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South Korea 2016/2017

Large protest rallies took place in response to a corruption scandal involving former President Park Geun-hye. She was removed from office in March. Following the change of government, the Korean National Police Agency accepted recommendations for comprehensive reform that called for a change in the overall approach to policing assemblies so as to better respect freedom of peaceful assembly, although their full implementation remained pending at the end of the year. An increasing number of lower courts handed down decisions recognizing the right to conscientious objection. Discrimination against LGBTI people remained prevalent in public life, especially in the military. Arbitrary detention based on the vaguely worded National Security Law continued. A series of deaths of migrant workers raised concerns about safety in the workplace.

Background

Moon Jae-in, a former human rights lawyer and leader of the Democratic Party, was elected President in May, following the decision by the Constitutional Court in March to uphold a parliamentary vote impeaching then President Park. Charges against her included bribery and abuse of power.1

Freedom of assembly

Han Sang-gyun, president of the Korean Confederation of Trade Unions, was held criminally responsible for sporadic clashes between protesters and police, and for his role in organizing a series of largely peaceful anti-government protests in 2014 and 2015. In May, the Supreme Court rejected his final appeal against a three-year jail sentence, despite an opinion by the UN Working Group on Arbitrary Detention that the charges against Han Sang-gyun violated his rights to freedom of expression and of peaceful assembly, and that his detention was arbitrary. The Working Group called for his immediate release.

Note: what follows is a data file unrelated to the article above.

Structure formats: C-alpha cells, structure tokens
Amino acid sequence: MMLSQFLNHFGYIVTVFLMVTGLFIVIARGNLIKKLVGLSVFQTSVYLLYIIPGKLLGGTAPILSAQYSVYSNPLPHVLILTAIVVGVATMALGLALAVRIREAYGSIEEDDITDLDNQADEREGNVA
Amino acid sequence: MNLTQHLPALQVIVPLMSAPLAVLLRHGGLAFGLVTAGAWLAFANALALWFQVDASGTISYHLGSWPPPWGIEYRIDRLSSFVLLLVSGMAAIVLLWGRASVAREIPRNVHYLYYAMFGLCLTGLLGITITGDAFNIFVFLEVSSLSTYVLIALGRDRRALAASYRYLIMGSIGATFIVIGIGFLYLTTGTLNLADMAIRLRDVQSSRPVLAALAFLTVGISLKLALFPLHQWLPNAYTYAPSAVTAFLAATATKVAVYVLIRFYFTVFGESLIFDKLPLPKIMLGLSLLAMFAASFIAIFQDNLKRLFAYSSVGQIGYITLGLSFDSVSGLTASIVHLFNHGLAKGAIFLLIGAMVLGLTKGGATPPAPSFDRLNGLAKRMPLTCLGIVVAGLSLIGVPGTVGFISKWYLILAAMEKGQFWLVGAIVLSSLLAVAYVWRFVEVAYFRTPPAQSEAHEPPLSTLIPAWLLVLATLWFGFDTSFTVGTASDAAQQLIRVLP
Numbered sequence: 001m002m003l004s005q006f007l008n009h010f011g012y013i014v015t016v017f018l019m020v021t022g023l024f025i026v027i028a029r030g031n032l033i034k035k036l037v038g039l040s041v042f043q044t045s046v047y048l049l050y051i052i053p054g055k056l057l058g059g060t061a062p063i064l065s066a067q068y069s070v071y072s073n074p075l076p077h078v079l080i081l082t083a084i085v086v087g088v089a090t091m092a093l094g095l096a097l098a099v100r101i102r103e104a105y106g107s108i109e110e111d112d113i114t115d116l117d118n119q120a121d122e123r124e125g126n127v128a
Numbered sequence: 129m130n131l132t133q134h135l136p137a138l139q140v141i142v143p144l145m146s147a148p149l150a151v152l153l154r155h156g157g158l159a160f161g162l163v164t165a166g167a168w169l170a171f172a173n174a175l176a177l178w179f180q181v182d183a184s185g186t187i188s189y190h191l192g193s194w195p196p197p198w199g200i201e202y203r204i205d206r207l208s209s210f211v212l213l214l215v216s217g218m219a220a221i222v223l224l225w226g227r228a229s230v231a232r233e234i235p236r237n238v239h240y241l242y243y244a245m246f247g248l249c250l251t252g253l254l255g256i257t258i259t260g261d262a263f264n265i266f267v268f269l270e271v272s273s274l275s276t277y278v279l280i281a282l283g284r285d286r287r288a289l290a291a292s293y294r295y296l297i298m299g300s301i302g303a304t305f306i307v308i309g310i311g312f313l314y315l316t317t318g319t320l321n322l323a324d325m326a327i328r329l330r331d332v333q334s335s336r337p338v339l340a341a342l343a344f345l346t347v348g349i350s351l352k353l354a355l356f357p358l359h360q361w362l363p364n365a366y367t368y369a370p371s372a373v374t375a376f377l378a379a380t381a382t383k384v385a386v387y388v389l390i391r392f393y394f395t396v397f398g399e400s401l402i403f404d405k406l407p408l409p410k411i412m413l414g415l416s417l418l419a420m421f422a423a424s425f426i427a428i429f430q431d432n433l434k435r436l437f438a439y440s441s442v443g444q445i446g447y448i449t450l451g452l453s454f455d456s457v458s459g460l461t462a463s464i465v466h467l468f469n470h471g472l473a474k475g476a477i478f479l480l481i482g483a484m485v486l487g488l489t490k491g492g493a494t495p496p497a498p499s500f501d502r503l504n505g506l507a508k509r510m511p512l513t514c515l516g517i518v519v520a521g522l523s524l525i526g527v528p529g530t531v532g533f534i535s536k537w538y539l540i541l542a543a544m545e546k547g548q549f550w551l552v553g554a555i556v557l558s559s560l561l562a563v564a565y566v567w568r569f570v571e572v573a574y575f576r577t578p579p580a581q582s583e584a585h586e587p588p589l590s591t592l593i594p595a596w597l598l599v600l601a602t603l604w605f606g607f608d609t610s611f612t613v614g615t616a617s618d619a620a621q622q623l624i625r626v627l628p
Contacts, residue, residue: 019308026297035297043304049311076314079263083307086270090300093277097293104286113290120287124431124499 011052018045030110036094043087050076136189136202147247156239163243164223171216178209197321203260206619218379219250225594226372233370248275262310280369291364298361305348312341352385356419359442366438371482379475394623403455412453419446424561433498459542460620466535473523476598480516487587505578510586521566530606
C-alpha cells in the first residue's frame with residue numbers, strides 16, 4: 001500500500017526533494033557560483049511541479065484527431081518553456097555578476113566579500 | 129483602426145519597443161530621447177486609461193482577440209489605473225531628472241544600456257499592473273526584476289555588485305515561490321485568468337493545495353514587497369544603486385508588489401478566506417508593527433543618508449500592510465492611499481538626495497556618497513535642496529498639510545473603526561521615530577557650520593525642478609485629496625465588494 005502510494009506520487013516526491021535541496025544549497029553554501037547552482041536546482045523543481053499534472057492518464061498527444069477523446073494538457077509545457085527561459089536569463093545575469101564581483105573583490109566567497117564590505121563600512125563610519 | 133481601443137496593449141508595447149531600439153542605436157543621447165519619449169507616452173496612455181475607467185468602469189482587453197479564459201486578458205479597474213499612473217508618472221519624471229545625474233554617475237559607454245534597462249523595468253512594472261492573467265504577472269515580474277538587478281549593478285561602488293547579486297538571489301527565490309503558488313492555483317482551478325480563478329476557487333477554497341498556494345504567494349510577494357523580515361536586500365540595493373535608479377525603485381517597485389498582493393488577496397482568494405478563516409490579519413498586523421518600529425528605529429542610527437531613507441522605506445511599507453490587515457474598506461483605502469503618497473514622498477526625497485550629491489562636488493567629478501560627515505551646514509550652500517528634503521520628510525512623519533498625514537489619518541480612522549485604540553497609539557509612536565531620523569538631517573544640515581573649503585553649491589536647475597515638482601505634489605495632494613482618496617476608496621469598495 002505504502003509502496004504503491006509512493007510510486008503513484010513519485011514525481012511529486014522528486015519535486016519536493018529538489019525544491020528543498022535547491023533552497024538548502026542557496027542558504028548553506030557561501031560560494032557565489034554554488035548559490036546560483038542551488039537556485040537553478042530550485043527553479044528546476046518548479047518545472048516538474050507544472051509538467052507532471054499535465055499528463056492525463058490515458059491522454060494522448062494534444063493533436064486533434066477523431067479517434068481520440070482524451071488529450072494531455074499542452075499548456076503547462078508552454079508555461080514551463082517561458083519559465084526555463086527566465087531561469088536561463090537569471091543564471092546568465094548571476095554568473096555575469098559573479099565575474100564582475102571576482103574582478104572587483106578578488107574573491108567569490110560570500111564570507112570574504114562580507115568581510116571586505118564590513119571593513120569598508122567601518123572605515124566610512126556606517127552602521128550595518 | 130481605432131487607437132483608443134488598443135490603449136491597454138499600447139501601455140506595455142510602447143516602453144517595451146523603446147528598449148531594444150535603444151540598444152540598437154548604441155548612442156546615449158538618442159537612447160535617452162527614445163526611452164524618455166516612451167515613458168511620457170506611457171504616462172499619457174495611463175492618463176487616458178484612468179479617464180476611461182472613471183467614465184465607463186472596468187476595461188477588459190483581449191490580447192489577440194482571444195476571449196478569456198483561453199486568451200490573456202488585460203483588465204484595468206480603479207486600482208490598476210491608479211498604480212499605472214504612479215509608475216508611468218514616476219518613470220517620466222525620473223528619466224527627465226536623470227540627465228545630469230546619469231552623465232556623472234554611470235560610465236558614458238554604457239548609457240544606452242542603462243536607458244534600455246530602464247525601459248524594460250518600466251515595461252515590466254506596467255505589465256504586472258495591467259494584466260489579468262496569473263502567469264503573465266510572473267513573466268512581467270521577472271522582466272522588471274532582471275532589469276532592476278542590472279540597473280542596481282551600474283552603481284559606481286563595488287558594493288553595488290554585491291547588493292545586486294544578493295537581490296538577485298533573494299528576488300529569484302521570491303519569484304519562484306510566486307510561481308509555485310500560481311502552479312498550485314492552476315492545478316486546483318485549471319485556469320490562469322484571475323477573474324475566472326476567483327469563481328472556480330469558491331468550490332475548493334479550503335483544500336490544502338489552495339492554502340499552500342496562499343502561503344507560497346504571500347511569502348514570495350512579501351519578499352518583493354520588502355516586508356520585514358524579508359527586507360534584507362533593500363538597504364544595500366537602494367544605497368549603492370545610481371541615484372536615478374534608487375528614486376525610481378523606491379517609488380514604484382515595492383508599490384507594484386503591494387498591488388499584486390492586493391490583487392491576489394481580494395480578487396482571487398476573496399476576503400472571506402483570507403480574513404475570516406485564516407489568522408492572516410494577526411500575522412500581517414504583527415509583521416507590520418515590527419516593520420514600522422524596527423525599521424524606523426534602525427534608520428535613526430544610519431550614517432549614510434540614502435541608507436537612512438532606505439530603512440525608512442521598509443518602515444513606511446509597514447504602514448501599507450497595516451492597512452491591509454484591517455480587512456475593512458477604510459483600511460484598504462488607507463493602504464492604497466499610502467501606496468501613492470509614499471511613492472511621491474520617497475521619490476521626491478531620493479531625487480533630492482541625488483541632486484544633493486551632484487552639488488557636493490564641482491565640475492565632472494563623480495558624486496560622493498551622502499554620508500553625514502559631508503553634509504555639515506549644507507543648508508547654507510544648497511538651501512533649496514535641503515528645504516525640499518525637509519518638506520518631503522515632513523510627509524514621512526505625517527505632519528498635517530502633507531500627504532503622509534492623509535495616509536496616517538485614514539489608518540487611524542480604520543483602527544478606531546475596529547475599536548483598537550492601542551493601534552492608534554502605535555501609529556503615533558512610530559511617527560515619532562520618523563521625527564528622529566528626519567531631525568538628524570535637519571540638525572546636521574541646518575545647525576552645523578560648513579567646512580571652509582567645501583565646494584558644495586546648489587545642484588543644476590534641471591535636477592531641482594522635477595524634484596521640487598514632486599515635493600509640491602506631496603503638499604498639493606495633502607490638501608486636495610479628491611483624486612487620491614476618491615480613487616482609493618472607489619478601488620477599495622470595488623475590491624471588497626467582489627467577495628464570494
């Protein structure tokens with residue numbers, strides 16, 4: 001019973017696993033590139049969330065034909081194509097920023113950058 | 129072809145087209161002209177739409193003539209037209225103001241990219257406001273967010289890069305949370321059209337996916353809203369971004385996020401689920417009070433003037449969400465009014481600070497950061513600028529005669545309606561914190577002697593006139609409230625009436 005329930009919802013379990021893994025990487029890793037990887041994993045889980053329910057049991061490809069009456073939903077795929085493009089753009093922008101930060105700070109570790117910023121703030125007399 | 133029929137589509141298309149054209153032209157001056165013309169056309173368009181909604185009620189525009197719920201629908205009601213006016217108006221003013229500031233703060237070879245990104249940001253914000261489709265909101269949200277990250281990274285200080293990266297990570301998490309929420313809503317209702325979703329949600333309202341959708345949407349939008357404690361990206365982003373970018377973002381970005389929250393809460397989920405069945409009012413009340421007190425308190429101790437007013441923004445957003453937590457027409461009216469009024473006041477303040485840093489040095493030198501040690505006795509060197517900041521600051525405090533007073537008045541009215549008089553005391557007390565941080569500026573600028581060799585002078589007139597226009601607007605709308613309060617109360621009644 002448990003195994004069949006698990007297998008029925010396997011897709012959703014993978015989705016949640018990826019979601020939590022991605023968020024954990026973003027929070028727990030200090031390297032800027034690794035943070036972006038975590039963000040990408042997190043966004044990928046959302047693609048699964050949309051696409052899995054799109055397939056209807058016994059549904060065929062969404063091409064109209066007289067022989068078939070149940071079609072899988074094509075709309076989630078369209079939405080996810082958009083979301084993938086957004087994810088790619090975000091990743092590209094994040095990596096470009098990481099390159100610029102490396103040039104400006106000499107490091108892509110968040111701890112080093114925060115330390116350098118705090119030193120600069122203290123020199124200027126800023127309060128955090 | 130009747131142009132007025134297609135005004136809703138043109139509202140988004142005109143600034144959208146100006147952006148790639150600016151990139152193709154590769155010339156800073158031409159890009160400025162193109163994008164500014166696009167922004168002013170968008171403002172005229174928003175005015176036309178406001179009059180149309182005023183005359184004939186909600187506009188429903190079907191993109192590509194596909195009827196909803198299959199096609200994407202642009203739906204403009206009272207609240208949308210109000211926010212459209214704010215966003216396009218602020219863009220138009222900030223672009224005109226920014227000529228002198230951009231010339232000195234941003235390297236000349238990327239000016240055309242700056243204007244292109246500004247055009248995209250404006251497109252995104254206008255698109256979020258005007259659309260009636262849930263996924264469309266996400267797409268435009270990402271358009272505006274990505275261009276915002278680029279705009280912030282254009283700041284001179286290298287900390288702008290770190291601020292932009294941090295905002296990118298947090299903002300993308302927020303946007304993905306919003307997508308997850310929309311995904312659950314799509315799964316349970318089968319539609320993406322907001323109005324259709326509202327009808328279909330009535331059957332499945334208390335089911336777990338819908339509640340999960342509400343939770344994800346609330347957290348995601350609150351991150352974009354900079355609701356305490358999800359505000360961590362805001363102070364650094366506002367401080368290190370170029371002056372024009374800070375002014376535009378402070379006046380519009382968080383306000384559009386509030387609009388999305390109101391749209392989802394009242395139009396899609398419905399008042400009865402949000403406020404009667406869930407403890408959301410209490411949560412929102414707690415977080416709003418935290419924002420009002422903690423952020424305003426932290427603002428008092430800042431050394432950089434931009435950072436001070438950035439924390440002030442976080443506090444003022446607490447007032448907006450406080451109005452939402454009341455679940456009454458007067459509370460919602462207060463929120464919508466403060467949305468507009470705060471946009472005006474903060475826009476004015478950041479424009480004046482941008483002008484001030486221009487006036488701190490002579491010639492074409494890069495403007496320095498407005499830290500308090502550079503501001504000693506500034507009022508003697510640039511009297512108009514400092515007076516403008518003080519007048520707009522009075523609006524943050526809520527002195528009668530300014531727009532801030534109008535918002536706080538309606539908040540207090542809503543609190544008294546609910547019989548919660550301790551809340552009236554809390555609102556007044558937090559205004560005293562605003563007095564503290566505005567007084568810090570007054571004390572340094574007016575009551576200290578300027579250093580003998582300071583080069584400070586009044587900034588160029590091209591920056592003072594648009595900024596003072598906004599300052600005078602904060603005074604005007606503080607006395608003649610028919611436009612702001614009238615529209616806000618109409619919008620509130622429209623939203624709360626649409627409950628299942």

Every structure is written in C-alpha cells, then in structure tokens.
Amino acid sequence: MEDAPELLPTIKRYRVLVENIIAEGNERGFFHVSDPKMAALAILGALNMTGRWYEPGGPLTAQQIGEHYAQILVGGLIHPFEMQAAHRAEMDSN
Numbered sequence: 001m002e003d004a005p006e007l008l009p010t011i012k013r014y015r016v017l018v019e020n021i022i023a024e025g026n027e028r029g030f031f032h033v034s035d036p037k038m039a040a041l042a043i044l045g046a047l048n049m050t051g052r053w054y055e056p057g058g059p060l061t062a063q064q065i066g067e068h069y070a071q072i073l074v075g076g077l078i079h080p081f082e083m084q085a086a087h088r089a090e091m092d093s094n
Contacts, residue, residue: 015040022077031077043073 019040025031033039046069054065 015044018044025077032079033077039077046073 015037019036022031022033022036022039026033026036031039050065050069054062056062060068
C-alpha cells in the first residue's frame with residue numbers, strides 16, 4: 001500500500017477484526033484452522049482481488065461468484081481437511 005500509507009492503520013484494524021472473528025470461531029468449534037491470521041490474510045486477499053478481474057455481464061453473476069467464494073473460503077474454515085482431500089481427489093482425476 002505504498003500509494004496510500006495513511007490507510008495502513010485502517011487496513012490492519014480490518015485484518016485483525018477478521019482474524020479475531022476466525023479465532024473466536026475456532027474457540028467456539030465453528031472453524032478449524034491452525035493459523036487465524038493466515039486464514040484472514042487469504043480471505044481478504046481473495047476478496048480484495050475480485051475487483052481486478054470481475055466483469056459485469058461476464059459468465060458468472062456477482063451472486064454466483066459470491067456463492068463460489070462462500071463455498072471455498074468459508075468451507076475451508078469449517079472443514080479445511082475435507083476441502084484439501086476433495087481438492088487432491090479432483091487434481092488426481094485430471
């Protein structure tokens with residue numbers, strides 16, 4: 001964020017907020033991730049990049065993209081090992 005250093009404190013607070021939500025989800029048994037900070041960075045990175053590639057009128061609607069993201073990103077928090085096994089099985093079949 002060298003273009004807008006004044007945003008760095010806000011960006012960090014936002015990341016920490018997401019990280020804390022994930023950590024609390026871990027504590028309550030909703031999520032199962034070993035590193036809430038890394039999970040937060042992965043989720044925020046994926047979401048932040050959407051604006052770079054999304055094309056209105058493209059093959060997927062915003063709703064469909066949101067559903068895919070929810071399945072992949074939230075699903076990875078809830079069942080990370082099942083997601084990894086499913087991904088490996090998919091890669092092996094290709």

In June, Lee Cheol-seong, commissioner general of the Korean National Police Agency (KNPA), offered an apology to the family of Baek Nam-gi, an activist farmer who died in 2016 as a result of injuries sustained when police used water cannons during protests against the government’s agricultural policies. The family and civic groups criticized the belated apology that lacked a clear acknowledgement by police of their responsibility.

In September, following calls by civil society organizations, the KNPA accepted recommendations by the newly established Police Reform Committee.2 These included a presumption that assemblies would be peaceful and that spontaneous and other urgent peaceful assemblies would be protected, marking a shift in the previous overall approach to policing. While the decision was an important step forward, the measures fell short in other regards, including not lifting the blanket ban on outdoor assemblies taking place at specific times and places. In addition, the adopted measures still needed to be firmly enshrined in law to bring them into line with international human rights law and standards.

Conscientious objectors

At the same time as the Constitutional Court was examining the legality of conscientious objection, an increasing number of lower courts ruled in favour of men who refused military service for reasons of conscience. They included at least 44 District Court decisions during the year.

In May and December, the Seoul Administrative Court ordered suspension of the practice of publicly disclosing personal information about conscientious objectors, including name, age and address, until it had made its final rulings on two cases brought against the Military Manpower Administration for issuing the lists. The Administrative Court noted the irrevocable damage to conscientious objectors caused by this public disclosure.

Calls to introduce an alternative to military service increased. In May, two additional bills to amend the Military Service Act by introducing an alternative service were submitted to the National Assembly. In June, the National Human Rights Commission of Korea again issued a recommendation to the Ministry of National Defense to introduce an alternative to military service.